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Serious bacterial bloodstream infections 

Serious bacterial bloodstream infections
Chapter:
Serious bacterial bloodstream infections
Author(s):

Peter Davey

, Mark Wilcox

, William Irving

, and Guy Thwaites

DOI:
10.1093/med/9780199689774.003.0026
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date: 06 May 2021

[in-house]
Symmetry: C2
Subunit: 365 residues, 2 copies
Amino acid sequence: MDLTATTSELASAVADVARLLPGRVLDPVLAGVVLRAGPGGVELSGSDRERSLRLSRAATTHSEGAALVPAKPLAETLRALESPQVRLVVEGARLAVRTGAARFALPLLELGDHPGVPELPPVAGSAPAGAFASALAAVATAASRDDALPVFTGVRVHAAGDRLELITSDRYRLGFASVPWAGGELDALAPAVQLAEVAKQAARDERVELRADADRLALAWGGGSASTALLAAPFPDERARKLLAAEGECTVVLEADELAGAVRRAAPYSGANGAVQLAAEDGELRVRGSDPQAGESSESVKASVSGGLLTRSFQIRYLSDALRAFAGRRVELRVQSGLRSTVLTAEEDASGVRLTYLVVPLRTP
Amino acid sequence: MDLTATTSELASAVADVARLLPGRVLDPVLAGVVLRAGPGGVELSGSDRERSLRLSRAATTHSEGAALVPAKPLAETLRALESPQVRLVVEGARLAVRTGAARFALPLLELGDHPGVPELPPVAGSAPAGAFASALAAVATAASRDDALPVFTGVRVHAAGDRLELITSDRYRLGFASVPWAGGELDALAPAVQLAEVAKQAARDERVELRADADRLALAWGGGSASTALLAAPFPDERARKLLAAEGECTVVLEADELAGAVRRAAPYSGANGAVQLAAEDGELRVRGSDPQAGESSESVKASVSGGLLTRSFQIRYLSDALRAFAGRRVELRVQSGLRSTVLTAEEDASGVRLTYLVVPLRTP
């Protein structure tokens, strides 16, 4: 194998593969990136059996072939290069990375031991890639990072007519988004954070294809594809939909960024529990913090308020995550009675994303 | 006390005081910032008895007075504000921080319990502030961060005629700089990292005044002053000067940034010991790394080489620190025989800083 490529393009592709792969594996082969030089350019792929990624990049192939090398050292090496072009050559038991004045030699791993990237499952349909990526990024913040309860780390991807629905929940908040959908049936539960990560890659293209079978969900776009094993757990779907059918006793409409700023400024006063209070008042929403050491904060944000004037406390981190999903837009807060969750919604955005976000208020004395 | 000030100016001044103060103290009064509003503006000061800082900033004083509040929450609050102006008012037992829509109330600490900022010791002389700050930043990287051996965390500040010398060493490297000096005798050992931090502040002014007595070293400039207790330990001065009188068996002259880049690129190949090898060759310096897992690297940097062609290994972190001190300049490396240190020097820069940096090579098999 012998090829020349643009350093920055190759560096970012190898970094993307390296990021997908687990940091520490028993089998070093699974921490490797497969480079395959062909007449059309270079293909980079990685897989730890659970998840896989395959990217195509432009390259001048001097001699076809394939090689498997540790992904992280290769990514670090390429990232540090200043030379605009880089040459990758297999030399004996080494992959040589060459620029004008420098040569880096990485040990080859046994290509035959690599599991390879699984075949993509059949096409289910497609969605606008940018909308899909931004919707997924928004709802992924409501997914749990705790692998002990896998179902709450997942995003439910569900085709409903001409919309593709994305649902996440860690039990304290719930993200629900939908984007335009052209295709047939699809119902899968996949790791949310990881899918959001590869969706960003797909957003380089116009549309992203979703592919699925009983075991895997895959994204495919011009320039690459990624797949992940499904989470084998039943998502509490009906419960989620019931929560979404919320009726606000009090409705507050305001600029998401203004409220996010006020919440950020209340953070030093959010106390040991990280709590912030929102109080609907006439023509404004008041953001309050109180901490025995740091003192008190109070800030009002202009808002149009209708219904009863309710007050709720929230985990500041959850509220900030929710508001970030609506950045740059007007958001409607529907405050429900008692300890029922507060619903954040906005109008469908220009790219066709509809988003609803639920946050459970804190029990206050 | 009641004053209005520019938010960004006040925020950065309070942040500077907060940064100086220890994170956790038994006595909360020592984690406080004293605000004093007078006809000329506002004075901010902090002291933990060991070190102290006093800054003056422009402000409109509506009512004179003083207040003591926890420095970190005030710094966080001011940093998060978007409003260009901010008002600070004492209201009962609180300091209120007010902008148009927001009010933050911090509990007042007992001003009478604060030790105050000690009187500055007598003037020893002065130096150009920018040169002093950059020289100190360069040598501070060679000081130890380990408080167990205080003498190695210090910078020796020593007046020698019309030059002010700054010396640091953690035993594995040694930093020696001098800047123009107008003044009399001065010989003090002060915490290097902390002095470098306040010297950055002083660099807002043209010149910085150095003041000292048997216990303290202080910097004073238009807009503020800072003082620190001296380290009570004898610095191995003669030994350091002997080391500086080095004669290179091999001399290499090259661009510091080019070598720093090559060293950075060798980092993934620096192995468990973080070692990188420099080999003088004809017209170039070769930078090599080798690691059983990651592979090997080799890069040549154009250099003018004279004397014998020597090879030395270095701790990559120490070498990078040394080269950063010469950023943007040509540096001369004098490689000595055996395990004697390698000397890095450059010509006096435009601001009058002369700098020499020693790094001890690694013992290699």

Bloodstream infections are usually secondary to infection at another body site. Early recognition and assessment of severity of sepsis are vital to reducing mortality. Responsibility often falls on junior members of clinical teams, who must be able to differentiate between sepsis, severe sepsis, and septic shock, and implement the ‘Sepsis Six’: (1) administer high-flow oxygen; (2) take blood cultures; (3) give broad spectrum antibiotics; (4) give intravenous fluid challenges; (5) measure serum lactate and haemoglobin; and (6) measure accurate hourly urine output. In patients with Staphylococcus aureus bacteraemia, identification of a source is associated with reduced mortality. All patients should receive at least two weeks of intravenous antibacterial therapy. Infective endocarditis is a serious life-threatening infection of the heart valves (native or prosthetic) and adjacent endocardium. All prescribers should be aware of criteria for appropriate empirical antibacterial treatment but management of patients requires multiprofessional specialist input.

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